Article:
At the same time the presenter needs to prepare the additional text notes to every slide because the synchrony between the speaker’s words and the projected information on the screen, video or TV set should be perfect in quality, complete  in quantity and permanent as a flow.

Consequently we can say that these are two parallel products (multimedia presentation and verbal text) which are to be used simultaneously by the presenter during the presentation.

Elocutio is the most complex phase during the process of preparation of  academic presentations. Rhetorical figures have application on the verbal and visual levels. Visual metaphors, gradations, anaphors, ellipses, etc. have manifestations in completely different areas in comparison with the classical rhetorical canons. Most presenters prefer to use visual elements taking into consideration that they should attract the attention of the students.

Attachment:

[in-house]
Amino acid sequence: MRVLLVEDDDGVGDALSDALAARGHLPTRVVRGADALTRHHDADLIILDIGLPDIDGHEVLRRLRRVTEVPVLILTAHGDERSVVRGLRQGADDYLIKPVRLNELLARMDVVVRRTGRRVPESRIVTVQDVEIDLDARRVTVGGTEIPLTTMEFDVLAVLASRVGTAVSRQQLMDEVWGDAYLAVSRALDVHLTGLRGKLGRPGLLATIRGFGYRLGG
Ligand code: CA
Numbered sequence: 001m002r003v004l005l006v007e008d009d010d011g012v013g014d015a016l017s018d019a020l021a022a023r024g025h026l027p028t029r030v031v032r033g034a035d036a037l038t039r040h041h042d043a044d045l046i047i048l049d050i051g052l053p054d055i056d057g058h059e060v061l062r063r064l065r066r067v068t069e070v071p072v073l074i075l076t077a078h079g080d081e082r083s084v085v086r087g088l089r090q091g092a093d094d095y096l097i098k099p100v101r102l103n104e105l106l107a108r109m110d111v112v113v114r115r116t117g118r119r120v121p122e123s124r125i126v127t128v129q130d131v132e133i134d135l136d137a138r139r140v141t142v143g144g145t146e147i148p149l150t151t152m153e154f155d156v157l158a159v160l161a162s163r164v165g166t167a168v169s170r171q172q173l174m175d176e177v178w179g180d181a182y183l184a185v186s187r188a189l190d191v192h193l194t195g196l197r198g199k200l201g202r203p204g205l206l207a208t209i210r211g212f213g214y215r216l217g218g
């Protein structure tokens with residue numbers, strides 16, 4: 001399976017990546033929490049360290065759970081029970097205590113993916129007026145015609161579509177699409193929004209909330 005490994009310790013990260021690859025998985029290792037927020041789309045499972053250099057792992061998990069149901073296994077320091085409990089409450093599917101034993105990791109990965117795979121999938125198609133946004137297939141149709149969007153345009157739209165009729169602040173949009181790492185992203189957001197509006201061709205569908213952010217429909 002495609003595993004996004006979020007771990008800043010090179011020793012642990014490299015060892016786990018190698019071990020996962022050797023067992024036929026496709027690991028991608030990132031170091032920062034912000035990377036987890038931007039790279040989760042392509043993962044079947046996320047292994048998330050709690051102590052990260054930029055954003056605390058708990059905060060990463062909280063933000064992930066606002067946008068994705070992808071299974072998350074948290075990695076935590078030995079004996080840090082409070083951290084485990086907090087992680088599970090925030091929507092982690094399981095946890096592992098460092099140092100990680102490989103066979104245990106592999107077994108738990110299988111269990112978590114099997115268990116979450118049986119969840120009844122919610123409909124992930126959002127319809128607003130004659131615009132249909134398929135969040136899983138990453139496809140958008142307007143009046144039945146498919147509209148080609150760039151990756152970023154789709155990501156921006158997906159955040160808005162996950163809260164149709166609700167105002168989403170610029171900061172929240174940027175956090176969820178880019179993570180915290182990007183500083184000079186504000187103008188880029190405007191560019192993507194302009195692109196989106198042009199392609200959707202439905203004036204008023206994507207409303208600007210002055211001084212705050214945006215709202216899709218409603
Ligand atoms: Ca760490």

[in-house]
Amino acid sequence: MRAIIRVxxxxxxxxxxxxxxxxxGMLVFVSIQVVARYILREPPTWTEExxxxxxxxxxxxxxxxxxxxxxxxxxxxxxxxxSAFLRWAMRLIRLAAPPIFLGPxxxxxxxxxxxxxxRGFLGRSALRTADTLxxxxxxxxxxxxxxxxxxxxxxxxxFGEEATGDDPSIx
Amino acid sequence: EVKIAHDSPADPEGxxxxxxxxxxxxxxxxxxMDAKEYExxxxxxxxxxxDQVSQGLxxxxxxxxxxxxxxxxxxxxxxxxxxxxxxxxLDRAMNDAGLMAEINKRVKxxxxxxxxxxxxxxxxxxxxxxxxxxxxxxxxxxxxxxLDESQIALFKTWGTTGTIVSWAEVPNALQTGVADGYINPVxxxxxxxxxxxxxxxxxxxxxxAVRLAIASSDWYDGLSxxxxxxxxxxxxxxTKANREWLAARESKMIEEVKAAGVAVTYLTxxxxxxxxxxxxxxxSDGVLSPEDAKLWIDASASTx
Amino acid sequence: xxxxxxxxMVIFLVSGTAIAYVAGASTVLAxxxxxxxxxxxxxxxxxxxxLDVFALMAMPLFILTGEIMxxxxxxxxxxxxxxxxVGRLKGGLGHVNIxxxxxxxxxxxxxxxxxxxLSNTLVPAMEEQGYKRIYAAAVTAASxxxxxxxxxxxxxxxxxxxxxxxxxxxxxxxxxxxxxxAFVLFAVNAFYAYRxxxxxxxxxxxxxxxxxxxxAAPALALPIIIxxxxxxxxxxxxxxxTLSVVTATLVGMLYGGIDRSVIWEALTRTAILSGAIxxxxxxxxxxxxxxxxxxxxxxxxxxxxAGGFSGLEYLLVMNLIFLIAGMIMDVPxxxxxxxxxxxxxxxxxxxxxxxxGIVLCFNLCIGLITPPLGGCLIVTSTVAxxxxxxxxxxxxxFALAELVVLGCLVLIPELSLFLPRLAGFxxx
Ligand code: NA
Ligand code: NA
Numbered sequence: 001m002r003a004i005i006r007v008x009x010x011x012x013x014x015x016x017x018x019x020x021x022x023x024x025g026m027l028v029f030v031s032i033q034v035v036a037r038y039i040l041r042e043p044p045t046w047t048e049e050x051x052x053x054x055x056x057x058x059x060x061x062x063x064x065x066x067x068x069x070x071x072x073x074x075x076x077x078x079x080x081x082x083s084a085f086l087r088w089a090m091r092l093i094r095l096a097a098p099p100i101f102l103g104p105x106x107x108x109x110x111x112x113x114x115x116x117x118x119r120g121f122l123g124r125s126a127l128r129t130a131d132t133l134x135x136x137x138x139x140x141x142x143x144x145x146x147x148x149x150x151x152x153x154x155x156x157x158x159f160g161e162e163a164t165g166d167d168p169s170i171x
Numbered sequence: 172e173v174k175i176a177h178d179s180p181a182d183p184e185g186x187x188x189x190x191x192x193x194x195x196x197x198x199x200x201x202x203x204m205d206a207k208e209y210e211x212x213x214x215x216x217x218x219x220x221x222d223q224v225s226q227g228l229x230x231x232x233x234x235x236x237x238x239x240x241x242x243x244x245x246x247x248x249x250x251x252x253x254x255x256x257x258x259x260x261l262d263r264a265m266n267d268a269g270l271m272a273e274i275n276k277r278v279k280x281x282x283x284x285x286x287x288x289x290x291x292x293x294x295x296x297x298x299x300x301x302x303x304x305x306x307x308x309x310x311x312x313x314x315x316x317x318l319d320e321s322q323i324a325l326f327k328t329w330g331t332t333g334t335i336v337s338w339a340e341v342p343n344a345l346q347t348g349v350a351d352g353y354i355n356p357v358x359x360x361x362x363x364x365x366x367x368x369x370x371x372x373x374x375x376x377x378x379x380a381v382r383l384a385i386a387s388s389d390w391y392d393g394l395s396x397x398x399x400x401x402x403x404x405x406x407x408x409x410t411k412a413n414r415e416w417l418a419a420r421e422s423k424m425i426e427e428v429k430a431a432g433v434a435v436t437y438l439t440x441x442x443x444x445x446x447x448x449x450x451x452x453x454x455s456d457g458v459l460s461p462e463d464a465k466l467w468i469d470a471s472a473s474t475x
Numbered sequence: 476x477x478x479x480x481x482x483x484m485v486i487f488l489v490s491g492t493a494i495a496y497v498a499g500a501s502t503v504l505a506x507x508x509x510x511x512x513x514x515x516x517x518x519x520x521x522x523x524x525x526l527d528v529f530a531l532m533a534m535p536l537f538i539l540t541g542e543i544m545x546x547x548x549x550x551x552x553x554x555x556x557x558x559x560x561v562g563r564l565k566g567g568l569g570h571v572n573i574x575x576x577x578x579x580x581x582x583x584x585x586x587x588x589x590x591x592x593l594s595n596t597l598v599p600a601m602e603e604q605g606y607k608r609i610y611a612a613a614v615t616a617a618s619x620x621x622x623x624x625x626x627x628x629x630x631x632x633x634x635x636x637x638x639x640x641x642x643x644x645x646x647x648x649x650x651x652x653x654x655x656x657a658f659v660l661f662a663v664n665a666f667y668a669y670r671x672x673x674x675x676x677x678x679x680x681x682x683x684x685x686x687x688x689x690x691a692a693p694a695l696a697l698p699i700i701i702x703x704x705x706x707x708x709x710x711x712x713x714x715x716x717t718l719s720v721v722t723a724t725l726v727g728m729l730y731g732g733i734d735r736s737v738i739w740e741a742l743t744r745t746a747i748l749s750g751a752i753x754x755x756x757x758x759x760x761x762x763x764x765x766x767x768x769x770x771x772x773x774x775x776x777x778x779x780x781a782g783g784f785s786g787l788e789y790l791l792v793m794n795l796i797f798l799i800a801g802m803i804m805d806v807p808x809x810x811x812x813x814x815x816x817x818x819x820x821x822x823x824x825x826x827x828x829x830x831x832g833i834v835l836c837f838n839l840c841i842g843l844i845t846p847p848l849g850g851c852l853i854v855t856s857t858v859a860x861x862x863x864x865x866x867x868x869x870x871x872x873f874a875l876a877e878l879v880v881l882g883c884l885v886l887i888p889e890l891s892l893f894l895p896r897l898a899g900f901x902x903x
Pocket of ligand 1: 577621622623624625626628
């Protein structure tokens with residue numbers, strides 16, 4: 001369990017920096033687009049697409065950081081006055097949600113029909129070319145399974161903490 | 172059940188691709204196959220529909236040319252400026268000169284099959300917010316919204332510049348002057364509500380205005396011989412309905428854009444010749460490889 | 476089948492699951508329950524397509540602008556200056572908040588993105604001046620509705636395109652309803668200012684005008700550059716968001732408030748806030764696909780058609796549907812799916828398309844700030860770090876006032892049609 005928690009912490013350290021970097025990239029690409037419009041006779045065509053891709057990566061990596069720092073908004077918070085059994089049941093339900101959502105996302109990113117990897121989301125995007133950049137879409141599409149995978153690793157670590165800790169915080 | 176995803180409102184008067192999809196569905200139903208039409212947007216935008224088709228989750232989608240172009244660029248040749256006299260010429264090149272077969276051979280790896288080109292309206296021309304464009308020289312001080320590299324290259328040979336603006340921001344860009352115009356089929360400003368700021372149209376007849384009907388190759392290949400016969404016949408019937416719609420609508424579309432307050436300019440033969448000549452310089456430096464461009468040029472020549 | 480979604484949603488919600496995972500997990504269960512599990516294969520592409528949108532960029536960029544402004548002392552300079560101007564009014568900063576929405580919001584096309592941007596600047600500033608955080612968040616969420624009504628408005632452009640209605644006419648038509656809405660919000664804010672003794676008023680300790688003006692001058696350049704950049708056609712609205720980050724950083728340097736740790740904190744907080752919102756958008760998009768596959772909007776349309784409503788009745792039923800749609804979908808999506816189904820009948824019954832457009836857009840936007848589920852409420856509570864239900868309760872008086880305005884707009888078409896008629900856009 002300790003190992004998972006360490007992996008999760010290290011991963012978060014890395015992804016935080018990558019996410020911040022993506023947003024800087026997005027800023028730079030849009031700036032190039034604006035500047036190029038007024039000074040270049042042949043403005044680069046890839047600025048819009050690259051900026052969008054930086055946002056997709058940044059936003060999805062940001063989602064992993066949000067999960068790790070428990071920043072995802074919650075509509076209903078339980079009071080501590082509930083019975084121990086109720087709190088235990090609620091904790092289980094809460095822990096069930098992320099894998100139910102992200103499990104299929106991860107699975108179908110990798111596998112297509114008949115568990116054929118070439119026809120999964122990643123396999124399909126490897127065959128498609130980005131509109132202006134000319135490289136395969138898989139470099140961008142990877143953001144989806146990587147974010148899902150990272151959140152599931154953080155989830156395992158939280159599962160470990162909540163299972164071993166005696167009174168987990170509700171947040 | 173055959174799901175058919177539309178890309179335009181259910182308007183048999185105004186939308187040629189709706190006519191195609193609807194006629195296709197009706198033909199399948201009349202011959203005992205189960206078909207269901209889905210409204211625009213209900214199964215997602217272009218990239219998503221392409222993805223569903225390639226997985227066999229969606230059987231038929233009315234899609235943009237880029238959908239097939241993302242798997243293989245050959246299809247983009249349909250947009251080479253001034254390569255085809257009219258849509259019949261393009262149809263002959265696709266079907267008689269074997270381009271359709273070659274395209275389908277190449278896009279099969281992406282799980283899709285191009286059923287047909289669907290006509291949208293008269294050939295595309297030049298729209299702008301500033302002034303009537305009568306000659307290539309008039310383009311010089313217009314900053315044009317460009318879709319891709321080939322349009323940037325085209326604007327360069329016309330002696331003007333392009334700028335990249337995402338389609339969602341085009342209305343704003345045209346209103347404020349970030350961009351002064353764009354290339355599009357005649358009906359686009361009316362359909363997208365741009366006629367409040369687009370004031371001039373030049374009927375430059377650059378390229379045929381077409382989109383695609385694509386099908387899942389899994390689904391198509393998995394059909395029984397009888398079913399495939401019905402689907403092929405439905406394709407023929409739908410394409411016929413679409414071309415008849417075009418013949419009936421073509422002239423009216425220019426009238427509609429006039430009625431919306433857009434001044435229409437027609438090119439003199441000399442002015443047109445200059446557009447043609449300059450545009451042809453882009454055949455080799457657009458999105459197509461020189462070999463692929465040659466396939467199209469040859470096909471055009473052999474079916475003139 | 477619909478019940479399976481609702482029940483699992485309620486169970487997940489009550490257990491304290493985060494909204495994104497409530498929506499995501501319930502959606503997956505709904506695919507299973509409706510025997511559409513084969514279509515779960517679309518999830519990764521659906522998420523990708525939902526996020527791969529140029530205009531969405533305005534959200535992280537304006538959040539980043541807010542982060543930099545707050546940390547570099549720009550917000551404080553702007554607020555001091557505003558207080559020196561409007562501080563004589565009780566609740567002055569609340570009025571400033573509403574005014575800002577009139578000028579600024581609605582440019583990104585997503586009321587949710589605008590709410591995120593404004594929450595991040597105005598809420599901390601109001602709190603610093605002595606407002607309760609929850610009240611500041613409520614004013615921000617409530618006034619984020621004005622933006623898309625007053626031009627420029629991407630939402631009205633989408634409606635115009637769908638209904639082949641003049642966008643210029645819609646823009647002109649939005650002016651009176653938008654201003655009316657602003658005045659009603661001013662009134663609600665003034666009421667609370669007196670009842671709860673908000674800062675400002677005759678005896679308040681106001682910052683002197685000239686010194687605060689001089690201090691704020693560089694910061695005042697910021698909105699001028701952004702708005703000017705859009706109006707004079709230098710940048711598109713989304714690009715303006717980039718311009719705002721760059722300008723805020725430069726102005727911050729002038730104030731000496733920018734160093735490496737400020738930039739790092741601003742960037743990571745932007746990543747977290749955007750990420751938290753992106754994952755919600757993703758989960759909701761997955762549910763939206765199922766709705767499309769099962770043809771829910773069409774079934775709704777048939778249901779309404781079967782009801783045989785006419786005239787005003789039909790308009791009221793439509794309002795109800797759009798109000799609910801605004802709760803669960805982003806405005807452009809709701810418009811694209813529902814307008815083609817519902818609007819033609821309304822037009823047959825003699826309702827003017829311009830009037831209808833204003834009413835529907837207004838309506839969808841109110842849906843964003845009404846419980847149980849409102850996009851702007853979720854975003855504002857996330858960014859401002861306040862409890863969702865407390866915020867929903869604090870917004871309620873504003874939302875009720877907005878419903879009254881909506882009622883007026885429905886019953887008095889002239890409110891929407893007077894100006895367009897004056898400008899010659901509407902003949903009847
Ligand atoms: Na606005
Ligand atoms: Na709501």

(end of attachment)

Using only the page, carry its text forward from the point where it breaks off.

Memoria has a specific application in the academic presentations. The presenter does not learn by heart the whole text because presentations are not only verbal texts and oral articulation. It is very important to know the allocation and distribution of the information on the slides and to prepare all additional information which should be synchronized with the verbal and visual elements.